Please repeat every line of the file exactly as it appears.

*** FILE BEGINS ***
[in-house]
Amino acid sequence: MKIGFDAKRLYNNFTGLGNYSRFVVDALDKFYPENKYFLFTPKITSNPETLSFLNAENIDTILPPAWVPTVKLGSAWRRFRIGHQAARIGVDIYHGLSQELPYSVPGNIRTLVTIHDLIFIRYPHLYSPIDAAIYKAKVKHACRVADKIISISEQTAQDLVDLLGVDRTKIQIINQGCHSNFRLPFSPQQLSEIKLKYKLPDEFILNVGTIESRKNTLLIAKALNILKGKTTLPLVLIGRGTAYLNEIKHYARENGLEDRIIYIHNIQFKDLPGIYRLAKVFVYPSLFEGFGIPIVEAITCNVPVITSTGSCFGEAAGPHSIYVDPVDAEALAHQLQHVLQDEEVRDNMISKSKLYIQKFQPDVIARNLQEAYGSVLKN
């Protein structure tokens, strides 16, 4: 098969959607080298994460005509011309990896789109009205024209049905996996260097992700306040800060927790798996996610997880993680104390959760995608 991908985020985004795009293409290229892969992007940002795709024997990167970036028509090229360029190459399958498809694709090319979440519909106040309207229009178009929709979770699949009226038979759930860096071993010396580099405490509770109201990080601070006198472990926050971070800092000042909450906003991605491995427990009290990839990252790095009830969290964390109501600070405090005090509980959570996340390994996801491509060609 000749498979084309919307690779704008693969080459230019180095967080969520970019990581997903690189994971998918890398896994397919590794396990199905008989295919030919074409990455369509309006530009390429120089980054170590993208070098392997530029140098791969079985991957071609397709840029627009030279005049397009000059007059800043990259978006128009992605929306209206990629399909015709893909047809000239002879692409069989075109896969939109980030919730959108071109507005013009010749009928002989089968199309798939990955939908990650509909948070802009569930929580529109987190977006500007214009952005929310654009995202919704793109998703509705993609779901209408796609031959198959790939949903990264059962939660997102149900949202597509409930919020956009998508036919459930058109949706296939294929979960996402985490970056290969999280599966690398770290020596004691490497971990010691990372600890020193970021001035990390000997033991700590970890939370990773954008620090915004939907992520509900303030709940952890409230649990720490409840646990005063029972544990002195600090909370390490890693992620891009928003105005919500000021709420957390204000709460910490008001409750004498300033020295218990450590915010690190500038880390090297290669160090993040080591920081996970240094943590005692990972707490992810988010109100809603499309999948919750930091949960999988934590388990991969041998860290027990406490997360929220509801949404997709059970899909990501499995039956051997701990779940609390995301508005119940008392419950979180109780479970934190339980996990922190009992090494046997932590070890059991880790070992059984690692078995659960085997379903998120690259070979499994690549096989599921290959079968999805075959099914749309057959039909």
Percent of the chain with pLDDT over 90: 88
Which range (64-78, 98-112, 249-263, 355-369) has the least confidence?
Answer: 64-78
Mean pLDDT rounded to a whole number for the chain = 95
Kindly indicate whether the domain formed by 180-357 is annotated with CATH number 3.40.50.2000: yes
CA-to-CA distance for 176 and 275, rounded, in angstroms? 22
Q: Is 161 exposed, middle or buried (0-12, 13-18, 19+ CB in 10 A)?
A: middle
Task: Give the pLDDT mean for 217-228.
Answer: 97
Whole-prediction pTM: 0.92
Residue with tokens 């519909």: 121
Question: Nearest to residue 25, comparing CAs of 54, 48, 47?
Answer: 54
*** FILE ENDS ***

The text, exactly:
[in-house]
Amino acid sequence: MKIGFDAKRLYNNFTGLGNYSRFVVDALDKFYPENKYFLFTPKITSNPETLSFLNAENIDTILPPAWVPTVKLGSAWRRFRIGHQAARIGVDIYHGLSQELPYSVPGNIRTLVTIHDLIFIRYPHLYSPIDAAIYKAKVKHACRVADKIISISEQTAQDLVDLLGVDRTKIQIINQGCHSNFRLPFSPQQLSEIKLKYKLPDEFILNVGTIESRKNTLLIAKALNILKGKTTLPLVLIGRGTAYLNEIKHYARENGLEDRIIYIHNIQFKDLPGIYRLAKVFVYPSLFEGFGIPIVEAITCNVPVITSTGSCFGEAAGPHSIYVDPVDAEALAHQLQHVLQDEEVRDNMISKSKLYIQKFQPDVIARNLQEAYGSVLKN
């Protein structure tokens, strides 16, 4: 098969959607080298994460005509011309990896789109009205024209049905996996260097992700306040800060927790798996996610997880993680104390959760995608 991908985020985004795009293409290229892969992007940002795709024997990167970036028509090229360029190459399958498809694709090319979440519909106040309207229009178009929709979770699949009226038979759930860096071993010396580099405490509770109201990080601070006198472990926050971070800092000042909450906003991605491995427990009290990839990252790095009830969290964390109501600070405090005090509980959570996340390994996801491509060609 000749498979084309919307690779704008693969080459230019180095967080969520970019990581997903690189994971998918890398896994397919590794396990199905008989295919030919074409990455369509309006530009390429120089980054170590993208070098392997530029140098791969079985991957071609397709840029627009030279005049397009000059007059800043990259978006128009992605929306209206990629399909015709893909047809000239002879692409069989075109896969939109980030919730959108071109507005013009010749009928002989089968199309798939990955939908990650509909948070802009569930929580529109987190977006500007214009952005929310654009995202919704793109998703509705993609779901209408796609031959198959790939949903990264059962939660997102149900949202597509409930919020956009998508036919459930058109949706296939294929979960996402985490970056290969999280599966690398770290020596004691490497971990010691990372600890020193970021001035990390000997033991700590970890939370990773954008620090915004939907992520509900303030709940952890409230649990720490409840646990005063029972544990002195600090909370390490890693992620891009928003105005919500000021709420957390204000709460910490008001409750004498300033020295218990450590915010690190500038880390090297290669160090993040080591920081996970240094943590005692990972707490992810988010109100809603499309999948919750930091949960999988934590388990991969041998860290027990406490997360929220509801949404997709059970899909990501499995039956051997701990779940609390995301508005119940008392419950979180109780479970934190339980996990922190009992090494046997932590070890059991880790070992059984690692078995659960085997379903998120690259070979499994690549096989599921290959079968999805075959099914749309057959039909």
Percent of the chain with pLDDT over 90: 88
Which range (64-78, 98-112, 249-263, 355-369) has the least confidence?
Answer: 64-78
Mean pLDDT rounded to a whole number for the chain = 95
Kindly indicate whether the domain formed by 180-357 is annotated with CATH number 3.40.50.2000: yes
CA-to-CA distance for 176 and 275, rounded, in angstroms? 22
Q: Is 161 exposed, middle or buried (0-12, 13-18, 19+ CB in 10 A)?
A: middle
Task: Give the pLDDT mean for 217-228.
Answer: 97
Whole-prediction pTM: 0.92
Residue with tokens 């519909």: 121
Question: Nearest to residue 25, comparing CAs of 54, 48, 47?
Answer: 54